Lou Reed - The RCA & Arista Album Collection album review
There’s nothing wrong with this
Whether diehard Lou aficionado or mildly curious passing punter, you really have to have a serious word with yourself if you don’t recognise the benefits of allowing this exquisitely crafted box set of Reed’s first 16 solo albums to grace your record collection. After all, even if you own a fraction, or even all, of its contents already you’ve never heard them like this.
Painstakingly remastered under the, no doubt, strict supervision of Lou himself (his final project before his tragic passing in 2013), the audio clarity reveals nuances, subtleties, crispness and depth formerly immersed, invisible and overlooked. So it sounds good, but how does it look? Stylish, sleek, expensive. Outwardly, it’s a matt black, 12 by 12-inch gravestone with a fetish-friendly tactile rubber finish. So far, so Lou.
Nestled inside are five 8x10-inch prints, a facsimile poster and a hardback book that’s tastefully packed with memorabilia, cannily curated shots, artwork and archive interviews and is so deliciously classy you almost can’t read it for fear of finishing it, and having to go back to the drab, empty little life you led before opening it.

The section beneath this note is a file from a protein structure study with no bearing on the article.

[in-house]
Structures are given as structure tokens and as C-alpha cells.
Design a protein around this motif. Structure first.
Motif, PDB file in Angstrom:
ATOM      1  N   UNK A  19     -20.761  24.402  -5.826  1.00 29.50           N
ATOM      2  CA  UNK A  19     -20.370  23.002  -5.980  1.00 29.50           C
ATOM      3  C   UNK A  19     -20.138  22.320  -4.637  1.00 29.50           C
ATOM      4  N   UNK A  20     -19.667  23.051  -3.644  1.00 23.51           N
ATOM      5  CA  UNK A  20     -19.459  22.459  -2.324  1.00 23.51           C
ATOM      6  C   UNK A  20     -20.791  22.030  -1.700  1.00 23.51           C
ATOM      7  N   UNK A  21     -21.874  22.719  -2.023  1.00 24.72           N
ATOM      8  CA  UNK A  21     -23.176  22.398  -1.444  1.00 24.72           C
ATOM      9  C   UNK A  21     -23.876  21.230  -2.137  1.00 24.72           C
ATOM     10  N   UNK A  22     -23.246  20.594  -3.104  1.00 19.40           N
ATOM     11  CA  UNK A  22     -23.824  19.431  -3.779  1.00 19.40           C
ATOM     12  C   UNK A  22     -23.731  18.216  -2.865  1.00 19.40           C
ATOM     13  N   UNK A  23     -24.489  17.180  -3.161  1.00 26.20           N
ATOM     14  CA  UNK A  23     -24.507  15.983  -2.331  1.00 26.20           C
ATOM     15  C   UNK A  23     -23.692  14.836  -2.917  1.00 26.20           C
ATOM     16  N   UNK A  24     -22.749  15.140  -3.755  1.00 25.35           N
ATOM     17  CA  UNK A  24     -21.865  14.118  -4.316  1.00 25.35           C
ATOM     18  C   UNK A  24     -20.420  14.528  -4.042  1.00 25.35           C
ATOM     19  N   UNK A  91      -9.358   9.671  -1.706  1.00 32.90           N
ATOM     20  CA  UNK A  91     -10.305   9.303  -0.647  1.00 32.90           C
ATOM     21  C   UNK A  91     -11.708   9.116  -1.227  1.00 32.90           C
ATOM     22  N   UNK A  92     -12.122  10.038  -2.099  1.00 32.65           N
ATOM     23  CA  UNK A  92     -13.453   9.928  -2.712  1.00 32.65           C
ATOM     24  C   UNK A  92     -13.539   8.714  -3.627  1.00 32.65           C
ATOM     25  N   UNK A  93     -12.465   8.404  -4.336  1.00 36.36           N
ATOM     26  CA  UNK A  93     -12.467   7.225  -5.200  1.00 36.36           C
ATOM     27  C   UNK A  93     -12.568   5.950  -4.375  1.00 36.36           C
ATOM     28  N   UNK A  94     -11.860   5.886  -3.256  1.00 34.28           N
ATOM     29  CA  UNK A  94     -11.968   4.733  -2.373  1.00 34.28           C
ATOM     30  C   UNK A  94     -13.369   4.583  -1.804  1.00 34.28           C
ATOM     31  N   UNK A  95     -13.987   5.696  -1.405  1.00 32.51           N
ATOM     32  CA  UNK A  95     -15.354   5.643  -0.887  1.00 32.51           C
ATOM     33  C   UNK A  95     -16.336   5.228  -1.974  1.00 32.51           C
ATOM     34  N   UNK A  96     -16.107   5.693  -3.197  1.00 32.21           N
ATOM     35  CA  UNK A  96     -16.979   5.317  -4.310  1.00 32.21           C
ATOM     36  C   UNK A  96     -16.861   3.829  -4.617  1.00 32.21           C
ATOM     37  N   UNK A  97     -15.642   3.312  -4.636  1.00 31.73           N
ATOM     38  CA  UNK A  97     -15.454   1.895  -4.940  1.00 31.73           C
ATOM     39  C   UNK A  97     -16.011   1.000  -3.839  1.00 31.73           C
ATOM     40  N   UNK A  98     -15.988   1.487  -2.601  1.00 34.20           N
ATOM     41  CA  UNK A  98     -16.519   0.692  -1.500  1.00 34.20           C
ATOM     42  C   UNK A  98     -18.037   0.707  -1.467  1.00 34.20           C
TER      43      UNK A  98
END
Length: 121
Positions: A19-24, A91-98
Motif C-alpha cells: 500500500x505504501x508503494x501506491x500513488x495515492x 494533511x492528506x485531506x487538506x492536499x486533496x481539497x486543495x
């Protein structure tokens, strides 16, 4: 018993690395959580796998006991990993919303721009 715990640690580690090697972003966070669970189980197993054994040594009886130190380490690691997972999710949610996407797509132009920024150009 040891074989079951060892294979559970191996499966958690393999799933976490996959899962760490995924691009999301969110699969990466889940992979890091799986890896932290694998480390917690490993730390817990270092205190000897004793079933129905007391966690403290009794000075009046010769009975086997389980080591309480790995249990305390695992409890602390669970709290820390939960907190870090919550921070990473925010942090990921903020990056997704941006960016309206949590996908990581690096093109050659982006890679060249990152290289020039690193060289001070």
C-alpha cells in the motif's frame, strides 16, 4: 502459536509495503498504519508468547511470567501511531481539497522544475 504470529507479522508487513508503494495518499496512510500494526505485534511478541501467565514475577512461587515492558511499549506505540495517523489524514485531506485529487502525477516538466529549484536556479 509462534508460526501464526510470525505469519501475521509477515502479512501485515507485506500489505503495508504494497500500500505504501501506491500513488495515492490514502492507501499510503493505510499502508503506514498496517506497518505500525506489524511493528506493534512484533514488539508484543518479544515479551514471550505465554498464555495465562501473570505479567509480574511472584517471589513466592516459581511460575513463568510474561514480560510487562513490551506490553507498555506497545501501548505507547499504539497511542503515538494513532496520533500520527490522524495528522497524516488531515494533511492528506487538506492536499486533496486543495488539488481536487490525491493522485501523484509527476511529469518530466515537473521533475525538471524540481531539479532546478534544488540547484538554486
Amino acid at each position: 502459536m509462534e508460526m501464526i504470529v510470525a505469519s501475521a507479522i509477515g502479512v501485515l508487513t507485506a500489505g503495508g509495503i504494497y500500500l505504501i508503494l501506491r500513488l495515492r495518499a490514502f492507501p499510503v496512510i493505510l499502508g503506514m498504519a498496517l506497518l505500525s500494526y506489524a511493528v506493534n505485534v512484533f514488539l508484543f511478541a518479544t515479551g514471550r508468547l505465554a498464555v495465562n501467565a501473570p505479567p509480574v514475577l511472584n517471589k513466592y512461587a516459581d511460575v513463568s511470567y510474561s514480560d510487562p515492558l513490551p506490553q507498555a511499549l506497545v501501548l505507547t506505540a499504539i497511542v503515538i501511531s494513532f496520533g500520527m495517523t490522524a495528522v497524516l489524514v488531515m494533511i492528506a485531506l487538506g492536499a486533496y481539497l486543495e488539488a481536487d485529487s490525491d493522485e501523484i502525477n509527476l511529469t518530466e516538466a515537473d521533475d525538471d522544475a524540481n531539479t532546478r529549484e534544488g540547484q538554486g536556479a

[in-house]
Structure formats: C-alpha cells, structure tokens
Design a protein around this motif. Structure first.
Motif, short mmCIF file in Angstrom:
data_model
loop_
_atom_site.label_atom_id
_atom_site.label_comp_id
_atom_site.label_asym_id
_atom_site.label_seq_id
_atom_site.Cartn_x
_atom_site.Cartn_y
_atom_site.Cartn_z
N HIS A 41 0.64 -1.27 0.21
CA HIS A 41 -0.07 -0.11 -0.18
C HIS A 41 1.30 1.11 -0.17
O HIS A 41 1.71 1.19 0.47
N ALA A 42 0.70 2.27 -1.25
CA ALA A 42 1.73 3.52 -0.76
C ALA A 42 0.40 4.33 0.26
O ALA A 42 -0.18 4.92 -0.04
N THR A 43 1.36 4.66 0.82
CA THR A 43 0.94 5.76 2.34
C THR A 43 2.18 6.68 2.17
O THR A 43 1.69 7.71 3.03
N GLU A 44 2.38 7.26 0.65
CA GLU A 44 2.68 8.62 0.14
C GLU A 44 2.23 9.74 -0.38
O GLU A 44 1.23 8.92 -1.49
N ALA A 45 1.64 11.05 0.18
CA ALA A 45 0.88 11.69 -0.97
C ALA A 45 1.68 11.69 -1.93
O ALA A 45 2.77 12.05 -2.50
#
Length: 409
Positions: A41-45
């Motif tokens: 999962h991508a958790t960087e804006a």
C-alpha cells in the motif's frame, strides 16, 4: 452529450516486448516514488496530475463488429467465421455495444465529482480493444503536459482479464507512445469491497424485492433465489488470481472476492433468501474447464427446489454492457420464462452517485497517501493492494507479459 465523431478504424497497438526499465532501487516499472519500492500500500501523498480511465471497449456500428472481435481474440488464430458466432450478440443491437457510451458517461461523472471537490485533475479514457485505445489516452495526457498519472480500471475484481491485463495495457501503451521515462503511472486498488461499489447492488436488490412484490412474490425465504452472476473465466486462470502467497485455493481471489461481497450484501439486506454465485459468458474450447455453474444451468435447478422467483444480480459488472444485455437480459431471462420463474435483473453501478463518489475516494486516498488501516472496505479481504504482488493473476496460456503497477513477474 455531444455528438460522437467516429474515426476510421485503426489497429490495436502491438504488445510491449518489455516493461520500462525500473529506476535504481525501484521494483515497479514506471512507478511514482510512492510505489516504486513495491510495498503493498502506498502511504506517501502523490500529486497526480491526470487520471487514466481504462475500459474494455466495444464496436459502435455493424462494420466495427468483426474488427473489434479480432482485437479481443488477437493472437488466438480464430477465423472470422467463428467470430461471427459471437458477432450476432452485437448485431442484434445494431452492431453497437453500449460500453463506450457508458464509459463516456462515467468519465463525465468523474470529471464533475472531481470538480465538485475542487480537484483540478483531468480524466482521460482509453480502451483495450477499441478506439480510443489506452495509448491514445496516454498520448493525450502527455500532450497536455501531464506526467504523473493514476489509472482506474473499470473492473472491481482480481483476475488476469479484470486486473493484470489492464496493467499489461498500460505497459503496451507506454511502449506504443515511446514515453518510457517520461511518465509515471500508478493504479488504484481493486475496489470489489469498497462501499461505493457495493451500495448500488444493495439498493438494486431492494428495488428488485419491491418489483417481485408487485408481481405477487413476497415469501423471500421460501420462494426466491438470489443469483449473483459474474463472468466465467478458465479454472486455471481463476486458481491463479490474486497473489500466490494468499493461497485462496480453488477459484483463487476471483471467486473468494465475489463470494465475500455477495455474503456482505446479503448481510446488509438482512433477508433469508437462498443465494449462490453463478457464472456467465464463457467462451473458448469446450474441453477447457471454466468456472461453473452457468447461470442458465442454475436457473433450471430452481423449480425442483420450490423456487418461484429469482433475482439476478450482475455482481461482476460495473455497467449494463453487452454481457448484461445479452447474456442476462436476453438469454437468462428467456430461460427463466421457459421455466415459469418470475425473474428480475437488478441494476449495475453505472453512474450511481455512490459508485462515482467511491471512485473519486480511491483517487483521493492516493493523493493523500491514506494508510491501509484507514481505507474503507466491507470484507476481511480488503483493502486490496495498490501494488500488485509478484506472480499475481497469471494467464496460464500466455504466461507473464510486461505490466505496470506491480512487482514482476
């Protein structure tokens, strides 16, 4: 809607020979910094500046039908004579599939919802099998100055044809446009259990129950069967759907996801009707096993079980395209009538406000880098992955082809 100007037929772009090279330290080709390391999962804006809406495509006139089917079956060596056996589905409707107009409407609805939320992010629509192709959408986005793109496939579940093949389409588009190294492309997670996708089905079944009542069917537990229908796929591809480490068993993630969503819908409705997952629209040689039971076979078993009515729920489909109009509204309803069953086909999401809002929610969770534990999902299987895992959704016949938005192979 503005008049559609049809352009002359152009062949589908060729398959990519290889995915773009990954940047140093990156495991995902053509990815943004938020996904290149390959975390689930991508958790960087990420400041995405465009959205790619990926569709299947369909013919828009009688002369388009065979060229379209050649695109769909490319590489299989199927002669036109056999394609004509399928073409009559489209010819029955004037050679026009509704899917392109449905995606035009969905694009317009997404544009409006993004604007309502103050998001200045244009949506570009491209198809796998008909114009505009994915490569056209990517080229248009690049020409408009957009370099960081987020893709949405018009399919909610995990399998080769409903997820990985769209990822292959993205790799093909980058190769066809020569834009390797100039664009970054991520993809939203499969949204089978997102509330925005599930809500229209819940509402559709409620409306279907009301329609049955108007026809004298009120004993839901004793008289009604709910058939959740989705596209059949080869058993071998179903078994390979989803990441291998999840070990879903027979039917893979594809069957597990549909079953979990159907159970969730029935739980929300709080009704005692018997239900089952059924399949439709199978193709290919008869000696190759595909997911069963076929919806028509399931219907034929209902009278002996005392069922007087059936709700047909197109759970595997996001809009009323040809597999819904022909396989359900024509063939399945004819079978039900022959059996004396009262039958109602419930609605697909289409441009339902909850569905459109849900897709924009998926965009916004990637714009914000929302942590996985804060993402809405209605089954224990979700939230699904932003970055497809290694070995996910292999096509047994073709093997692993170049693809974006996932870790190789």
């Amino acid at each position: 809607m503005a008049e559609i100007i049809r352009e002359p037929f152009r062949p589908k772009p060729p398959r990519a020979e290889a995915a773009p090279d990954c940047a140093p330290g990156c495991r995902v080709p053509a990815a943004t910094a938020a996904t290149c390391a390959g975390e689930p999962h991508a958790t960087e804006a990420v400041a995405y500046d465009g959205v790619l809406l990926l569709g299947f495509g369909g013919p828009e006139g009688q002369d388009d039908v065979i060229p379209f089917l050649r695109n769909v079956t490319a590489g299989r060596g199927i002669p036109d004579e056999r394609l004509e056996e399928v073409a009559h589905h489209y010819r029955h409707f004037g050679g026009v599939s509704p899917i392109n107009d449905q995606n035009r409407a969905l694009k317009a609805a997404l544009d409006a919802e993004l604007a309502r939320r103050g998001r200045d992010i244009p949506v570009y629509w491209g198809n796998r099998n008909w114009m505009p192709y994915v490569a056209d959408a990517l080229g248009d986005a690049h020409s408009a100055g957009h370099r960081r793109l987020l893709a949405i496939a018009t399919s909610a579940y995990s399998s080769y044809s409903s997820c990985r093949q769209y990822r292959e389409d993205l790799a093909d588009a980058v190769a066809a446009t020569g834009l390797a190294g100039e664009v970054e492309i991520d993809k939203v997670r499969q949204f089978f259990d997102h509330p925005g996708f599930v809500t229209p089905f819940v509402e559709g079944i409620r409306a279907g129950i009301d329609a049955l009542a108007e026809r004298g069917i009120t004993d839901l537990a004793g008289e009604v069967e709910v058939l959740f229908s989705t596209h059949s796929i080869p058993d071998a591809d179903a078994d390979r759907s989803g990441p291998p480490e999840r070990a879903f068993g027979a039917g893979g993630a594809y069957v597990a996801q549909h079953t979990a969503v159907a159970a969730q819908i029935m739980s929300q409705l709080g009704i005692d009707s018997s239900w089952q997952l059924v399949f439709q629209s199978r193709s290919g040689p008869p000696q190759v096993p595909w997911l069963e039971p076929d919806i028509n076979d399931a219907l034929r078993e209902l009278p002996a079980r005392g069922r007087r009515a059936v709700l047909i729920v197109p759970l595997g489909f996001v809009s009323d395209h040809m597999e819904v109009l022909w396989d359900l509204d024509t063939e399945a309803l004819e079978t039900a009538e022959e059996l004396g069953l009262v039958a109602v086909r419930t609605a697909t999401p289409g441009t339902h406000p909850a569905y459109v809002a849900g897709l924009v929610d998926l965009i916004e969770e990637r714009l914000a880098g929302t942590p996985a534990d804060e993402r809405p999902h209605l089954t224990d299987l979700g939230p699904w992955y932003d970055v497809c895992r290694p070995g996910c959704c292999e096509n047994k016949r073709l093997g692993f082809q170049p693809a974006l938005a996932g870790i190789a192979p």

Musically? Well, it’s genius. There’s his feet-finding, Velvets’-echoing self-titled debut, his Bowie and (especially) Ronson-directed commercial breakthrough Transformer; noir epic Berlin; metal template Rock ‘N’ Roll Animal; soul-crushing, feedback fuck-you Metal Machine Music. There’s his sordid, Selby-esque überLou masterpiece Street Hassle and eternally overlooked melodramatic magnum opus, The Bells; these two title tracks alone dwarf entire careers with attitude to spare.
NY rock’s most mythologised phantom gleefully exercises his monstrous legend across the gloriously profane and tetchy Live Take No Prisoners double set. The recruitment of ex-Voidoids guitarist Robert Quine as complementary sparring partner triggered The Blue Mask’s mid-career surge before returns tend to diminish, Lou misreading the societal conservatism of the mid-80s as a trigger to enter comfortable (artistically reduced) middle age. His fire returned for New York, but for that you’ll need the, relatively modest, Sire Years box.
Completist pedants may mourn the omission of record company cash-in Lou Reed Live (Rock ‘N’ Roll Animal’s off-cuts, basically) and additional tracks appended to some earlier CD editions, but if you really must have your Mona Lisas with moustaches they’re all over eBay.
This, meanwhile, expensive as it looks, weighs in at under £100. Less than six quid a disc. So it’s seductively cheap, yet utterly priceless. Much like its contents.